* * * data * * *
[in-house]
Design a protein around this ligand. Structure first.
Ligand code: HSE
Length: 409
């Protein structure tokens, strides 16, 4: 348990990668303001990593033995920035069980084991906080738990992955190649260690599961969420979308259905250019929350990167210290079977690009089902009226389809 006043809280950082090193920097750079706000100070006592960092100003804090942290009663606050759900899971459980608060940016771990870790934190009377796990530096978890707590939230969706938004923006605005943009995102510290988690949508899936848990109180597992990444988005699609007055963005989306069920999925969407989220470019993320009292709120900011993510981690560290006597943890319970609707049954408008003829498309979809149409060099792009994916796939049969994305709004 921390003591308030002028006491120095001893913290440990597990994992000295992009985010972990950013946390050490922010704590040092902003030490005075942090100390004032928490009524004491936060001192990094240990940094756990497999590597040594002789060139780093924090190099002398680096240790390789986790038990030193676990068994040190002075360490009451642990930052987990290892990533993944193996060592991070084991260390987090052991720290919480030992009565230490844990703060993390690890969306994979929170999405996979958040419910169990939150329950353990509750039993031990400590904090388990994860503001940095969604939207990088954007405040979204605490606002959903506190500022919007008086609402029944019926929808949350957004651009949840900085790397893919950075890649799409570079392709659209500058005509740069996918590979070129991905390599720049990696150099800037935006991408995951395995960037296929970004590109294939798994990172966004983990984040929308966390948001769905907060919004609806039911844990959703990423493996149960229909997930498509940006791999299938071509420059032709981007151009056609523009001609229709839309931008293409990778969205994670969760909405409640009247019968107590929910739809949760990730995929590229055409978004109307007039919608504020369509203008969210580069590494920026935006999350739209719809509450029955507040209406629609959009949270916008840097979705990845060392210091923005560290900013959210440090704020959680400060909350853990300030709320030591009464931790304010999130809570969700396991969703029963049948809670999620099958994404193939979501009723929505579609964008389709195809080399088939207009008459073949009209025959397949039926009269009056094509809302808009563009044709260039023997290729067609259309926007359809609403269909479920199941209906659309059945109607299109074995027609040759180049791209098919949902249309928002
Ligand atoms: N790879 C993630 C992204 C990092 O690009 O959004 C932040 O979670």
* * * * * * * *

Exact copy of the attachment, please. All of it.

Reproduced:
[in-house]
Design a protein around this ligand. Structure first.
Ligand code: HSE
Length: 409
């Protein structure tokens, strides 16, 4: 348990990668303001990593033995920035069980084991906080738990992955190649260690599961969420979308259905250019929350990167210290079977690009089902009226389809 006043809280950082090193920097750079706000100070006592960092100003804090942290009663606050759900899971459980608060940016771990870790934190009377796990530096978890707590939230969706938004923006605005943009995102510290988690949508899936848990109180597992990444988005699609007055963005989306069920999925969407989220470019993320009292709120900011993510981690560290006597943890319970609707049954408008003829498309979809149409060099792009994916796939049969994305709004 921390003591308030002028006491120095001893913290440990597990994992000295992009985010972990950013946390050490922010704590040092902003030490005075942090100390004032928490009524004491936060001192990094240990940094756990497999590597040594002789060139780093924090190099002398680096240790390789986790038990030193676990068994040190002075360490009451642990930052987990290892990533993944193996060592991070084991260390987090052991720290919480030992009565230490844990703060993390690890969306994979929170999405996979958040419910169990939150329950353990509750039993031990400590904090388990994860503001940095969604939207990088954007405040979204605490606002959903506190500022919007008086609402029944019926929808949350957004651009949840900085790397893919950075890649799409570079392709659209500058005509740069996918590979070129991905390599720049990696150099800037935006991408995951395995960037296929970004590109294939798994990172966004983990984040929308966390948001769905907060919004609806039911844990959703990423493996149960229909997930498509940006791999299938071509420059032709981007151009056609523009001609229709839309931008293409990778969205994670969760909405409640009247019968107590929910739809949760990730995929590229055409978004109307007039919608504020369509203008969210580069590494920026935006999350739209719809509450029955507040209406629609959009949270916008840097979705990845060392210091923005560290900013959210440090704020959680400060909350853990300030709320030591009464931790304010999130809570969700396991969703029963049948809670999620099958994404193939979501009723929505579609964008389709195809080399088939207009008459073949009209025959397949039926009269009056094509809302808009563009044709260039023997290729067609259309926007359809609403269909479920199941209906659309059945109607299109074995027609040759180049791209098919949902249309928002
Ligand atoms: N790879 C993630 C992204 C990092 O690009 O959004 C932040 O979670």